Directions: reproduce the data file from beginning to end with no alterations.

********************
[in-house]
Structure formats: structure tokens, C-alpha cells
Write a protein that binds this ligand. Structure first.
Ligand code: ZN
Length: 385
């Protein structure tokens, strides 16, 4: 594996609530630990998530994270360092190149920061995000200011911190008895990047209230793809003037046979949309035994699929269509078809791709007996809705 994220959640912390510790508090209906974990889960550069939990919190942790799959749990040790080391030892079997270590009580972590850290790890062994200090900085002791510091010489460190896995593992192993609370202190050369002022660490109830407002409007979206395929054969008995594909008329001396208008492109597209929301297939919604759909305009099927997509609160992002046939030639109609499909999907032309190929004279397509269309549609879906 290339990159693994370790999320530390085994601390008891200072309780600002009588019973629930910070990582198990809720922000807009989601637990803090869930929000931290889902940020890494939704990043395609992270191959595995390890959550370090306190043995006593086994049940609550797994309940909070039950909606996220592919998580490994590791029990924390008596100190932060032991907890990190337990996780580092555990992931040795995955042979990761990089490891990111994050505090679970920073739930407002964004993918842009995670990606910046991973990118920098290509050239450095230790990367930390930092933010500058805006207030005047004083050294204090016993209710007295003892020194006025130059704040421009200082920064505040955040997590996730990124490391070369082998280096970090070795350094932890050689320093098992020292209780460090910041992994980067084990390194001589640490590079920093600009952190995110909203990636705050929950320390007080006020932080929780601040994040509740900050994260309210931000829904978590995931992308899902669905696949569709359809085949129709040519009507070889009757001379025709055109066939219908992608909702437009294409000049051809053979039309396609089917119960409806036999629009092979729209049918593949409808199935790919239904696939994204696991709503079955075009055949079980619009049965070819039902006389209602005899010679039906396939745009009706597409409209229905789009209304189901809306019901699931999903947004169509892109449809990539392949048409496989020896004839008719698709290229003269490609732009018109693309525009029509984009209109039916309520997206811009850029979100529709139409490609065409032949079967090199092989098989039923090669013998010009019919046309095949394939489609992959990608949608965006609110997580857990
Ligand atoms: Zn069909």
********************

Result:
[in-house]
Structure formats: structure tokens, C-alpha cells
Write a protein that binds this ligand. Structure first.
Ligand code: ZN
Length: 385
């Protein structure tokens, strides 16, 4: 594996609530630990998530994270360092190149920061995000200011911190008895990047209230793809003037046979949309035994699929269509078809791709007996809705 994220959640912390510790508090209906974990889960550069939990919190942790799959749990040790080391030892079997270590009580972590850290790890062994200090900085002791510091010489460190896995593992192993609370202190050369002022660490109830407002409007979206395929054969008995594909008329001396208008492109597209929301297939919604759909305009099927997509609160992002046939030639109609499909999907032309190929004279397509269309549609879906 290339990159693994370790999320530390085994601390008891200072309780600002009588019973629930910070990582198990809720922000807009989601637990803090869930929000931290889902940020890494939704990043395609992270191959595995390890959550370090306190043995006593086994049940609550797994309940909070039950909606996220592919998580490994590791029990924390008596100190932060032991907890990190337990996780580092555990992931040795995955042979990761990089490891990111994050505090679970920073739930407002964004993918842009995670990606910046991973990118920098290509050239450095230790990367930390930092933010500058805006207030005047004083050294204090016993209710007295003892020194006025130059704040421009200082920064505040955040997590996730990124490391070369082998280096970090070795350094932890050689320093098992020292209780460090910041992994980067084990390194001589640490590079920093600009952190995110909203990636705050929950320390007080006020932080929780601040994040509740900050994260309210931000829904978590995931992308899902669905696949569709359809085949129709040519009507070889009757001379025709055109066939219908992608909702437009294409000049051809053979039309396609089917119960409806036999629009092979729209049918593949409808199935790919239904696939994204696991709503079955075009055949079980619009049965070819039902006389209602005899010679039906396939745009009706597409409209229905789009209304189901809306019901699931999903947004169509892109449809990539392949048409496989020896004839008719698709290229003269490609732009018109693309525009029509984009209109039916309520997206811009850029979100529709139409490609065409032949079967090199092989098989039923090669013998010009019919046309095949394939489609992959990608949608965006609110997580857990
Ligand atoms: Zn069909």